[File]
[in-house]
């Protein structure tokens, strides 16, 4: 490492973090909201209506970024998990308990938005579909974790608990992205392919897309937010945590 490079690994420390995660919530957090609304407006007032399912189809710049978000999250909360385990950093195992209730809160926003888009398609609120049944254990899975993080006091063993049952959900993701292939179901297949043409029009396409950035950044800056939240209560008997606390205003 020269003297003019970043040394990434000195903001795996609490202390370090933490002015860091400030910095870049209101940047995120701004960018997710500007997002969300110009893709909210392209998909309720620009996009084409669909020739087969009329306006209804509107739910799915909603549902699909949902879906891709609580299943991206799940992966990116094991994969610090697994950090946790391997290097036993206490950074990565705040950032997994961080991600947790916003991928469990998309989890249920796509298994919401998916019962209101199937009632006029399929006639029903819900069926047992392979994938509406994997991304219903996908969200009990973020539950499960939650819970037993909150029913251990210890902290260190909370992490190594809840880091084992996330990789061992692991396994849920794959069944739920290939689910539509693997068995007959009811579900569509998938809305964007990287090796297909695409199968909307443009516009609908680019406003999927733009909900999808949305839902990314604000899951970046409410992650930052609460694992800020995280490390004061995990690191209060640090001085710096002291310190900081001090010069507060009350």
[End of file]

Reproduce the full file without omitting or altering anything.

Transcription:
[in-house]
């Protein structure tokens, strides 16, 4: 490492973090909201209506970024998990308990938005579909974790608990992205392919897309937010945590 490079690994420390995660919530957090609304407006007032399912189809710049978000999250909360385990950093195992209730809160926003888009398609609120049944254990899975993080006091063993049952959900993701292939179901297949043409029009396409950035950044800056939240209560008997606390205003 020269003297003019970043040394990434000195903001795996609490202390370090933490002015860091400030910095870049209101940047995120701004960018997710500007997002969300110009893709909210392209998909309720620009996009084409669909020739087969009329306006209804509107739910799915909603549902699909949902879906891709609580299943991206799940992966990116094991994969610090697994950090946790391997290097036993206490950074990565705040950032997994961080991600947790916003991928469990998309989890249920796509298994919401998916019962209101199937009632006029399929006639029903819900069926047992392979994938509406994997991304219903996908969200009990973020539950499960939650819970037993909150029913251990210890902290260190909370992490190594809840880091084992996330990789061992692991396994849920794959069944739920290939689910539509693997068995007959009811579900569509998938809305964007990287090796297909695409199968909307443009516009609908680019406003999927733009909900999808949305839902990314604000899951970046409410992650930052609460694992800020995280490390004061995990690191209060640090001085710096002291310190900081001090010069507060009350």